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I don't do Python, I'm an old person sticking to his old Matlab (codes and) habits. However, up to extension/wavelet/border issues, SWT is a discrete equivalent to CWT. And in most versions, the number of samples in approximations or details is the same (which is not the case for the DWT). Hence, you can concatenate 1D rows of details (or approximations) ...


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In the DWT scheme, whether it is the classical $2$-band or the $M$-band wavelet setting, the very same analysis filter bank (lowpass/highpass + subsampling) is used at each level. Under this condition, one can derive the cascade algorithm that provides the spectrum of the scaling function: $$\Phi(\omega)= \prod_{k=1}^\infty \frac {1} {\sqrt 2} H\left( \frac ...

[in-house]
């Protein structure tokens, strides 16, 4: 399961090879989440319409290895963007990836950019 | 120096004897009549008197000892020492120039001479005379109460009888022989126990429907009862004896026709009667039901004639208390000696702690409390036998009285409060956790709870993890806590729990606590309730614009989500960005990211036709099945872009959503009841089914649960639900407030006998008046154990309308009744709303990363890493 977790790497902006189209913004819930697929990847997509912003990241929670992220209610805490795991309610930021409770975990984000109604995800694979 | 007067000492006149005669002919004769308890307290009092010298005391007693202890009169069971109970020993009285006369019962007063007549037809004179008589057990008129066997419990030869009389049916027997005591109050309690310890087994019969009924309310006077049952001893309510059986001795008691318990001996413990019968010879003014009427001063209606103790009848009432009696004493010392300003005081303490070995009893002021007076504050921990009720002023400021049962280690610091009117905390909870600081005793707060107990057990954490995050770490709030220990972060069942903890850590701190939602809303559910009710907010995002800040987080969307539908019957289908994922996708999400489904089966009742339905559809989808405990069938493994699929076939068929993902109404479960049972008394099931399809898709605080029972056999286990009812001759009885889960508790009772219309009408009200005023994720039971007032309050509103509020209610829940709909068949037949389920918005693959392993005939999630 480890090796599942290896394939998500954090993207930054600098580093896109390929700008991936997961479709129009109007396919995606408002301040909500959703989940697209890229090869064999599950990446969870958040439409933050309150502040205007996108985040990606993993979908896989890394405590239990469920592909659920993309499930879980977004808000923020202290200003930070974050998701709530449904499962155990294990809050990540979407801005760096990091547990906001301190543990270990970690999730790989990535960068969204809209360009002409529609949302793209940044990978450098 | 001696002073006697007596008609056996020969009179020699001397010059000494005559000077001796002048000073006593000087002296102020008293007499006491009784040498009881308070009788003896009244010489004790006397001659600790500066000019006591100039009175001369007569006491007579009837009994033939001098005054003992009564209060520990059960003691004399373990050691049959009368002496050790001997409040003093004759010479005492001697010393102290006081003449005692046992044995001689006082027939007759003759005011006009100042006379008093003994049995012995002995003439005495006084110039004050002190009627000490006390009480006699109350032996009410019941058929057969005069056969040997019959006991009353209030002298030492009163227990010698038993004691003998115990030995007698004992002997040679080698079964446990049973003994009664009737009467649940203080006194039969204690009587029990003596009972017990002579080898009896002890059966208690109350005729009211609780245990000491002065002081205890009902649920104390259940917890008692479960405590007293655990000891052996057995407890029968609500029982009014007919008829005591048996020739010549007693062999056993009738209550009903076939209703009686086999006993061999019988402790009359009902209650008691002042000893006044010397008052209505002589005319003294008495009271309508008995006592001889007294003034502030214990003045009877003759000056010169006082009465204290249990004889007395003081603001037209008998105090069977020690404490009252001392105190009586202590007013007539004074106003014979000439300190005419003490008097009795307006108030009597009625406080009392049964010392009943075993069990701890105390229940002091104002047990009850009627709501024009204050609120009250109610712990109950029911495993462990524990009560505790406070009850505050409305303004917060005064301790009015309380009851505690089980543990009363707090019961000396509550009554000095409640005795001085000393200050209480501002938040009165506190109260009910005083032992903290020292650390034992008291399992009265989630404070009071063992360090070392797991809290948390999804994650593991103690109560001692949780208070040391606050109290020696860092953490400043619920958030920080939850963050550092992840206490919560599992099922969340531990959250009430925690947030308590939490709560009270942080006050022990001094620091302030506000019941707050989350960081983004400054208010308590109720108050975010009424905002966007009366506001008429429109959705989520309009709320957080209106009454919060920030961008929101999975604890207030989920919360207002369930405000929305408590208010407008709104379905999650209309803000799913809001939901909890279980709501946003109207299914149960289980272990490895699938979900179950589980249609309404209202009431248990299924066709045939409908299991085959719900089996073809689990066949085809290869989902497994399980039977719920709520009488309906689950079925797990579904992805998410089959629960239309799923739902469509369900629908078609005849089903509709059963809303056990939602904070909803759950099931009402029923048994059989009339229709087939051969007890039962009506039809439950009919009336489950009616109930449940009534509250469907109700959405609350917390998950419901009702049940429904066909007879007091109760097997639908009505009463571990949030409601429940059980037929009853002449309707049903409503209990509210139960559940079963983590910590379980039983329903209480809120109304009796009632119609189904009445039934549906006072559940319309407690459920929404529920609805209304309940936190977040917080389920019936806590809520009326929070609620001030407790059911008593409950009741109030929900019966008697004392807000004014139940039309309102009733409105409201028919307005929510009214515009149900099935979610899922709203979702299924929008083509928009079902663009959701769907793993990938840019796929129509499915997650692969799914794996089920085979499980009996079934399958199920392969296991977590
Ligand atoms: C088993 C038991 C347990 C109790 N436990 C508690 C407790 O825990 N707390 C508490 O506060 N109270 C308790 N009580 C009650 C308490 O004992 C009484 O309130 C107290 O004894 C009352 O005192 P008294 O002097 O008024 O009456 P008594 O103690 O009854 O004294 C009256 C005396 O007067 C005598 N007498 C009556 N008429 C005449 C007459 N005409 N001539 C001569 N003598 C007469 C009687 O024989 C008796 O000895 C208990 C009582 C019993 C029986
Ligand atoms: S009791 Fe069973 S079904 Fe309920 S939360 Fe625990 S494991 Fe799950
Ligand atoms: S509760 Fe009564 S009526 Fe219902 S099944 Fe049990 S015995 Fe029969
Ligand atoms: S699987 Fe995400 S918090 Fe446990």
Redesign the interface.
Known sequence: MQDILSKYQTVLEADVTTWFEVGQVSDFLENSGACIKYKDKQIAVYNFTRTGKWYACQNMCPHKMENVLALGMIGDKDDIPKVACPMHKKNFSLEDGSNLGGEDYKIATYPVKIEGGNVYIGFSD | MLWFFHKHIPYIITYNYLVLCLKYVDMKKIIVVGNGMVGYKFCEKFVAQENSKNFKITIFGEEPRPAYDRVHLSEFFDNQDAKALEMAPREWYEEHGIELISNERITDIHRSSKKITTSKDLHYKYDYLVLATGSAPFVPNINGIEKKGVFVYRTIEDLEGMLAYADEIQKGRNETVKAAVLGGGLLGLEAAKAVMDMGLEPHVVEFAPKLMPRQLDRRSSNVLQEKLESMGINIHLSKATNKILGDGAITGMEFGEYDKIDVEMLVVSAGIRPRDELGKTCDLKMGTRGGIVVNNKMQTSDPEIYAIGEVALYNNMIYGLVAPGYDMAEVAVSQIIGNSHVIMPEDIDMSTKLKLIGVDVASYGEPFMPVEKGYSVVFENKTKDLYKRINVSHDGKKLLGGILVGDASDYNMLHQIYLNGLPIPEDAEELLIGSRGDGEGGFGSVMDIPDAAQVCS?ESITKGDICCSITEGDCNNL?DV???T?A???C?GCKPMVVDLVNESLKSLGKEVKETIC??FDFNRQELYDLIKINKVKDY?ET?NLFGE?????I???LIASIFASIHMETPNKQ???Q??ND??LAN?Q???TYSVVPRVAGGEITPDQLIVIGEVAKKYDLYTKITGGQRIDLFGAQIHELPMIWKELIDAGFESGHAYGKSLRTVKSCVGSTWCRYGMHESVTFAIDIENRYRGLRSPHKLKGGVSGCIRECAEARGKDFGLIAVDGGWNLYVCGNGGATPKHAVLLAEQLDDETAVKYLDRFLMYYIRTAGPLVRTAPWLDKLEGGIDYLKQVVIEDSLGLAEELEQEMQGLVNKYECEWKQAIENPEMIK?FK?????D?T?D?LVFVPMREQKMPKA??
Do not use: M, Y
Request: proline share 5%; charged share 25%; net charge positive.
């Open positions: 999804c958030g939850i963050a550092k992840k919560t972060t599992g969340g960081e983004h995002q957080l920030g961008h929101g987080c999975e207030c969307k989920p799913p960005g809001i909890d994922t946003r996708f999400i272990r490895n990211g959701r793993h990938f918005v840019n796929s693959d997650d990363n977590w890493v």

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The first inner products are not easy to compute, especially with wavelets, like Daubechies', that don't have closed form expression. As mentioned, references have been provided in Wavelet transform: How to compute the initial coefficients when only samples are available? In Quantitative Fourier Analysis of Approximation Techniques, it is mentioned that: ...


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Non-linearity and non-stationarity are non-properties. Without more details, they do not say much about the methods that may perform well, and moreover the choice depends a lot on what you really do: analysis, feature extraction, enhancement, filtering, component separation, restoration? What follows are typical sets of tools you could use: Your moving-...


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